The Disaster Ministry office recently designed a new t-shirt for those that come and work in with the Disaster Ministry office. In the redesign process it was decided to put the words "rebuilding homes, rebuilding hope" on the front of the shirts. That succinctly describes what this office and volunteers do each week. The rebuilding of a person's home gives the homeowner safe, secure housing. Rebuilding hope is what happens in the process of home rebuilding. Our office and each volunteer that comes to work, brings with them love, compassion and hope. The time and effort it takes for a group to plan ahead, travel here, work for the week and return home is itself a great undertaking. o do that for someone a person doesn't know and may never meet is one of the purest forms of Christian love there is. All the love, compassion and hope is transferred to the homeowner. What a great blessing.
Would you like come work in New Orleans Disaster Ministry? There are a few slots available in 2008. The following weeks have openings: Sept. 1 and 8, December 1, 8 and 15. If you would like to come any of those weeks, please log on to ucc.org/hurricane/volunteer and fill out the online application. We would love to see you!
Is there an ideal number for a group? That would depend on your perspective. In the beginning of this ministry, there was only room for twenty people. For whatever reason that number has stuck with us. A group does not have to be twenty people. We welcome individuals, families and groups of any size up to fifty. Naturally, availability will come into play with larger groups. Anyone is welcome!
What is called a total rebuild of a house in New Orleans cost in the neighborhood of $40,000. There are three main agencies that fund rebuild projects, Red Cross, Salvation Army, and United Way. Red Cross and Salvation Army are able to fund $20,000 per house and the United Way $10,000. Each of those agencies works with the Long Term Recovery Committees in funding individual cases. When this office accepts a rebuild case, we receive funds from one or more of those agencies in order to complete the project.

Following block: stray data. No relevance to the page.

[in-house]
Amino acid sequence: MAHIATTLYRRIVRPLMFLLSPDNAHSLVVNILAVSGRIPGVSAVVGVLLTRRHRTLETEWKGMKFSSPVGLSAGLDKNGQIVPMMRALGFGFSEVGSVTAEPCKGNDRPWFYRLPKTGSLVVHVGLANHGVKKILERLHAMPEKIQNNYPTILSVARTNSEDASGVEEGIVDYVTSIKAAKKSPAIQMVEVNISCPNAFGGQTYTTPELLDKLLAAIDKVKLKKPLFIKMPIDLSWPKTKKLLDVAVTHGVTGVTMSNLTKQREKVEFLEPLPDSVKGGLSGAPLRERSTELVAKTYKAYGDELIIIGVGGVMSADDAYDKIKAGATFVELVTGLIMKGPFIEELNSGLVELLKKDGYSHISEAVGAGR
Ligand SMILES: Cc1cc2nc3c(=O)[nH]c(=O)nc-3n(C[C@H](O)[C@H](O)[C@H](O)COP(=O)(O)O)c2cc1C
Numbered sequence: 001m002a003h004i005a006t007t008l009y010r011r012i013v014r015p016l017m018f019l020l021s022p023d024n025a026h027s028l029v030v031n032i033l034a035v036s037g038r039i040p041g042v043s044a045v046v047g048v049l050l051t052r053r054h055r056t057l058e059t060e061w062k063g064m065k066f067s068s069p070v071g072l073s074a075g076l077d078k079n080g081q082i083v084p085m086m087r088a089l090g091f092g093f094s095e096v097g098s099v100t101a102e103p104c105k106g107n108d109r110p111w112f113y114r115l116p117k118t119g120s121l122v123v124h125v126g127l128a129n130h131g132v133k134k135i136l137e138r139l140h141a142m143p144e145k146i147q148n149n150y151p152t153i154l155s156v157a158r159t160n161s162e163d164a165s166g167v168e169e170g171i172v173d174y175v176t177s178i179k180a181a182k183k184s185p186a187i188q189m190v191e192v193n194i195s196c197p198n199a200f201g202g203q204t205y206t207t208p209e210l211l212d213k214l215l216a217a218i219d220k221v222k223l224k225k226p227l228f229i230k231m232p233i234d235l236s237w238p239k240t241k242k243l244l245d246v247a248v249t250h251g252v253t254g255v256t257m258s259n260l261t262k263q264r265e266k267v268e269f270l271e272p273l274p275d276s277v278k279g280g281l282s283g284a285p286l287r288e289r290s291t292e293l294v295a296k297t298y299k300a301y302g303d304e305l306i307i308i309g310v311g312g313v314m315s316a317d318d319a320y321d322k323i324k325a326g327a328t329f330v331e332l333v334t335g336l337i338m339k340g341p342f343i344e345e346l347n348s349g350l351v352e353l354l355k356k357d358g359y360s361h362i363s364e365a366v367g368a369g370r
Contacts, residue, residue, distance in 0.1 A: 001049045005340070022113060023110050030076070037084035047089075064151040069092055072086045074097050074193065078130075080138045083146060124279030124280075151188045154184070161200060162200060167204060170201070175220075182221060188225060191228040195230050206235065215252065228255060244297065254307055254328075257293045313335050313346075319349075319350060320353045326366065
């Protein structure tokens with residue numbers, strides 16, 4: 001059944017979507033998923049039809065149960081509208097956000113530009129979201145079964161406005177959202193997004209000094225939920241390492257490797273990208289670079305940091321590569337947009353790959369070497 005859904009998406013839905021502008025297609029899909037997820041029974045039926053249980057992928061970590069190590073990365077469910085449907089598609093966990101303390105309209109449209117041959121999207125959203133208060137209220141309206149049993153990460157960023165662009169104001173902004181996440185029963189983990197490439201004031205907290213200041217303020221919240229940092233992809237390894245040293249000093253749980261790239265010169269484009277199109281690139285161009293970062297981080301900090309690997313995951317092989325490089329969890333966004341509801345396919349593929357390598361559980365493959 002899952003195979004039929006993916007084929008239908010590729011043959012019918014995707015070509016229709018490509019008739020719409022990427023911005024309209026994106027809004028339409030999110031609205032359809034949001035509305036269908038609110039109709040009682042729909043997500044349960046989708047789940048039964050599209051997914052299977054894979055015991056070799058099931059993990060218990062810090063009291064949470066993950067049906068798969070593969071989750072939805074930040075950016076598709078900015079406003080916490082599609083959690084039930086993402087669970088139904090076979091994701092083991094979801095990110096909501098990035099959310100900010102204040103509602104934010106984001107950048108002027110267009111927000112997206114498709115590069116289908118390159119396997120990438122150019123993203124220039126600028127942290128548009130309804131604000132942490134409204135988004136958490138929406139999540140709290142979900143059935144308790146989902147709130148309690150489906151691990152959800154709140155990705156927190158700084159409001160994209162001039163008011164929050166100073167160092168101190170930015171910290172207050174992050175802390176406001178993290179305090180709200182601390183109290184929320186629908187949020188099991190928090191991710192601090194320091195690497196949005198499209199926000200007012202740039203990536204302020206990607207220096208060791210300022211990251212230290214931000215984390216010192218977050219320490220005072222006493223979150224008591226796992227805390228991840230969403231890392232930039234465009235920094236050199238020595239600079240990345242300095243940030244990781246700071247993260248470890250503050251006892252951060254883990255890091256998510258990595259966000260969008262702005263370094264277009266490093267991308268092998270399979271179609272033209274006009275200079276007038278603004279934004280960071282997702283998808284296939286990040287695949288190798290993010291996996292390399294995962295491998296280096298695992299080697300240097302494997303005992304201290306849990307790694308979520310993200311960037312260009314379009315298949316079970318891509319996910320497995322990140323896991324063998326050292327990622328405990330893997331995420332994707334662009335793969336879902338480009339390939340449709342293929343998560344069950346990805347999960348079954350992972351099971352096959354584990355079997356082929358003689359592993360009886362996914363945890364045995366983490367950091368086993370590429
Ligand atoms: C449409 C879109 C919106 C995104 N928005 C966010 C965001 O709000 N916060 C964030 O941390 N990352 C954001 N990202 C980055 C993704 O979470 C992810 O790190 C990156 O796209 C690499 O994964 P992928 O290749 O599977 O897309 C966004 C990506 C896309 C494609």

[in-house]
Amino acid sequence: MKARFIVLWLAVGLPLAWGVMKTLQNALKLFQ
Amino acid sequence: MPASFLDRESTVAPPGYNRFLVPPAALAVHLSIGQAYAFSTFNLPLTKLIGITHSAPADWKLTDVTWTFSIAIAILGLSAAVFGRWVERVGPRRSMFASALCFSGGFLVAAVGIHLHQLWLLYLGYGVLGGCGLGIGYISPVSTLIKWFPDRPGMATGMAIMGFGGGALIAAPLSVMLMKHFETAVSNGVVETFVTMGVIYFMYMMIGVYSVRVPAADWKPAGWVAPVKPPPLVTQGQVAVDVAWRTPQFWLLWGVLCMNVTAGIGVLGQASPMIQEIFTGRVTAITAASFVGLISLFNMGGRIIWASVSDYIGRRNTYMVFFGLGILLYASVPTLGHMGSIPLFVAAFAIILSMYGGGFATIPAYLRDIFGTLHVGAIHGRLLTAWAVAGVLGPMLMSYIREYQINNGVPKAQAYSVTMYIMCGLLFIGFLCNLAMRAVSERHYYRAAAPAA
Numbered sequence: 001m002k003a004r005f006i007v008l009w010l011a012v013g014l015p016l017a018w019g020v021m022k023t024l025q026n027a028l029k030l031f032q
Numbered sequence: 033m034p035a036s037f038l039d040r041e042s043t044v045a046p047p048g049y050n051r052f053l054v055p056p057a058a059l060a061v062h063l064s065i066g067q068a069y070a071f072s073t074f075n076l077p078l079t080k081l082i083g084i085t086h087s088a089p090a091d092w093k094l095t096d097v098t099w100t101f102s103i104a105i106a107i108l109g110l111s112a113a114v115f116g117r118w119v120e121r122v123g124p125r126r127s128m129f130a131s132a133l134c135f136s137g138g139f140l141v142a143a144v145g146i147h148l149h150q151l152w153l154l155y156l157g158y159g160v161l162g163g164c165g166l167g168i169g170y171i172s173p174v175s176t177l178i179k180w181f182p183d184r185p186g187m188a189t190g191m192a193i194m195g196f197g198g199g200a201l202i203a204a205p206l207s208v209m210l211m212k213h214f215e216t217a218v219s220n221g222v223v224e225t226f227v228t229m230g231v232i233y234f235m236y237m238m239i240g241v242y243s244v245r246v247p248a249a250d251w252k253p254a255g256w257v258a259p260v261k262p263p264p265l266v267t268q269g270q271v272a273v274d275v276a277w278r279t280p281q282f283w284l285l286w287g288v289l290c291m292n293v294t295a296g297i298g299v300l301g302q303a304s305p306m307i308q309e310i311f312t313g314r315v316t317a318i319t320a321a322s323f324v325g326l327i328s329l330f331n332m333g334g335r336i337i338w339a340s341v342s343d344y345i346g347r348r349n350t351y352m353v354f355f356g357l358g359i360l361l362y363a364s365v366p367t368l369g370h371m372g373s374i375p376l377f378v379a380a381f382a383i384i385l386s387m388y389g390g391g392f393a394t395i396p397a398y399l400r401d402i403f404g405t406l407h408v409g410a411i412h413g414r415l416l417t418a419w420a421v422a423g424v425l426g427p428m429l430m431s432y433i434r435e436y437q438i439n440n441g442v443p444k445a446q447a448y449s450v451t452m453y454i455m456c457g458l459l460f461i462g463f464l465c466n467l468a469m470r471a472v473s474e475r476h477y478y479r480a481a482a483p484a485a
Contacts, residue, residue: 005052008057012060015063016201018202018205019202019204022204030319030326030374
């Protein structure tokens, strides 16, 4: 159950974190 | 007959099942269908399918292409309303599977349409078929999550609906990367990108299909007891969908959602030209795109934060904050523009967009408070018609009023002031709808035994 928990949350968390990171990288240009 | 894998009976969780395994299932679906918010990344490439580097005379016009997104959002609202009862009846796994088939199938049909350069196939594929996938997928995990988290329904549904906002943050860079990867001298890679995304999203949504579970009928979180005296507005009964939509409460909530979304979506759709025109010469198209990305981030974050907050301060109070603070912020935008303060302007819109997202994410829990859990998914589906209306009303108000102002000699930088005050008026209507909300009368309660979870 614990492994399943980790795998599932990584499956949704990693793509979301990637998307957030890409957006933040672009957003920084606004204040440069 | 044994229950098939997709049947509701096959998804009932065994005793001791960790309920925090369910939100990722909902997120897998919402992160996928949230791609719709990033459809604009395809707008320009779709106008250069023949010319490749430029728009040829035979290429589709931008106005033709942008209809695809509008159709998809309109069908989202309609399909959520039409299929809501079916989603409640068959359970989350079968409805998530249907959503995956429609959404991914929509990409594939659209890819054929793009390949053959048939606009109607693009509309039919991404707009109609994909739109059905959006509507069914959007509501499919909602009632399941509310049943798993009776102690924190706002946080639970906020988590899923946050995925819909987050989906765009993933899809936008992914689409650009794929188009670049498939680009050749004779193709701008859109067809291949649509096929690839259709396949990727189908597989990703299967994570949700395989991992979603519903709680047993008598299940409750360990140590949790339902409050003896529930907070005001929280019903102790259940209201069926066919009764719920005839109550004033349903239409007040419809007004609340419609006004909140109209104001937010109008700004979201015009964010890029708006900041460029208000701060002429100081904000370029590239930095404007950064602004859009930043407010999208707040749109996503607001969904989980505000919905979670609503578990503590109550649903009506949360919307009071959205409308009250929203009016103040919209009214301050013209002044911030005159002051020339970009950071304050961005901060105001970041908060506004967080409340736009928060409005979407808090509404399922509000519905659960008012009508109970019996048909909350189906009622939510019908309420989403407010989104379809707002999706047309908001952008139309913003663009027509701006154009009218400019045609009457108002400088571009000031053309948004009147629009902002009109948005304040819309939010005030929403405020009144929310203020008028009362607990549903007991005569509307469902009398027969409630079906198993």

Beecher Memorial UCC
Beecher is now poised to begin reconstruction. In May the electrical wiring started to be roughed in. Rough in of plumbing will take place in June. Over the next several months there will be opportunities for groups t work at the church as work is available.
By the Numbers – 1.4 Million!!
The disaster ministry recently reached 3107 volunteers that have come to work in New Orleans, in 271 groups totaling 1.4 million dollars in volunteer labor. Many thanks to all!
National UCC office funds Long Term Recovery Organizations
When the Hope Shall Bloom Fund received donations shortly after Hurricane Katrina, fundsbegan to be distributed to agencies along the gulf coast. Those funds are still being distributed. Each of the affected parishes in Southeast Louisiana has established a Long Term Recovery Organization, (LTRO). The United Church of Christ assists the LTRO's by receiving grant requests from them and funding those requests. A typical grant request is for $25,000. Hope Shall Bloom Funds are still at work even though the fund has officially ended.
Speaking engagements - Rev. Alan Coe,
Minister for Disaster Recovery is available to speak. To schedule a speaking engagement please contact him at: firstname.lastname@example.org or by phone at 830-832-2222.